Multiple stone rows have an unusual distribution in Britain, occurring in Southwest England, North Wales, and Caithness and Sutherland. These are rare monuments: there are twenty-one confirmed stone rows in Caithness and Sutherland, which accounts for all the known stone rows in Scotland. In 2016 there are nine scheduled monuments classified as stone rows in this area, including this monument. Within 10km of the monument, there are 11 confirmed stone rows including Battle Moss, Loch of Yarrows, 5.2km east (scheduled monument reference SM506 and Canmore ID 9021) and Hill O' Many Stanes approximately 6.5km southeast (scheduled monument reference SM90162 and Canmore ID 8604). Some stone rows previously identified have not been located in recent years due to peat encroachment, for example Upper Dounreay (Canmore ID 7852) and Duim Na Ceud (Canmore ID 7885), while Allt Breac (Canmore ID 7036) near Helmsdale has been largely destroyed by road building. This monument is therefore significant as it retains a number of visible stones.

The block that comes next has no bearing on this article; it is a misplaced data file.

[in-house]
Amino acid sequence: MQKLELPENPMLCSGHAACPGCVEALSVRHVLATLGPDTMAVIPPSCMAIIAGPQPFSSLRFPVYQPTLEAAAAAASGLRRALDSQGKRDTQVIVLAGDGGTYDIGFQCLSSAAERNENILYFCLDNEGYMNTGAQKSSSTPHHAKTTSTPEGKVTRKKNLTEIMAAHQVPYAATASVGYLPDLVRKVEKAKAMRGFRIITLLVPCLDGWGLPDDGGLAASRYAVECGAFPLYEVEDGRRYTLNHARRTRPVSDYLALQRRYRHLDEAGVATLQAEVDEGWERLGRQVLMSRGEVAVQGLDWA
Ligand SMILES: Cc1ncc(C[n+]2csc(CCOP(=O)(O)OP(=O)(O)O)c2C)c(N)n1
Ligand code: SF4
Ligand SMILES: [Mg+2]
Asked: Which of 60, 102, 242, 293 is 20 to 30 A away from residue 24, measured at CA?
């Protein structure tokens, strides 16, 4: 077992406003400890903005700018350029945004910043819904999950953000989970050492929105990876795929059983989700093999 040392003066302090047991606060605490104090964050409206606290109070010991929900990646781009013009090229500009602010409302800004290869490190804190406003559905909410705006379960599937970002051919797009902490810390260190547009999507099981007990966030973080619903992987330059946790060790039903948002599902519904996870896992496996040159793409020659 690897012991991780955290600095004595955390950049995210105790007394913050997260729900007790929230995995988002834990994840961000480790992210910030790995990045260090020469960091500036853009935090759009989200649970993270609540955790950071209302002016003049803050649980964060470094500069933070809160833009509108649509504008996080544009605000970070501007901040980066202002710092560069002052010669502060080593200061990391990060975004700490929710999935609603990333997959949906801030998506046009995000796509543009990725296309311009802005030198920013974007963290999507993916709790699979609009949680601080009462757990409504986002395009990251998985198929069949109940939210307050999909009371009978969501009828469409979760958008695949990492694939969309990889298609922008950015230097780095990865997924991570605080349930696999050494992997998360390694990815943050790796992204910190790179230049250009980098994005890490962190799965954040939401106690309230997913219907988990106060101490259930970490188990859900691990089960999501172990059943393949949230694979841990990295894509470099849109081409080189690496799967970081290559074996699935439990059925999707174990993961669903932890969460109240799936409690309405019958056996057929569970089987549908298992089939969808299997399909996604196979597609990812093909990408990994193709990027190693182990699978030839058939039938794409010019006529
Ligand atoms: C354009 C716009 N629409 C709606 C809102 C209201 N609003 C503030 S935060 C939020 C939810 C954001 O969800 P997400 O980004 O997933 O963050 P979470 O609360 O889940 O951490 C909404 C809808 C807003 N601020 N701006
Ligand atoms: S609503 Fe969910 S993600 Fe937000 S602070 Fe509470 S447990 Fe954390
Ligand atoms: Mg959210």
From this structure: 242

There may have been links between neighbouring stone rows or they may indicate community catchments. This stone row has the potential to enhance and broaden our understanding of prehistoric life. There are also numerous other broadly contemporary monuments in the landscape surrounding the monument including the Grey Cairns of Camster (scheduled monument reference SM90056 and Canmore IDs 8686, 8693, 8694) immediately to the north. There is potential to study the stone rows and cairns together to understand their functions within the local communities and chronological development. Camster also has a dense cluster of other prehistoric remains and offers potential to study domestic sites alongside those with evidence for ritual practices.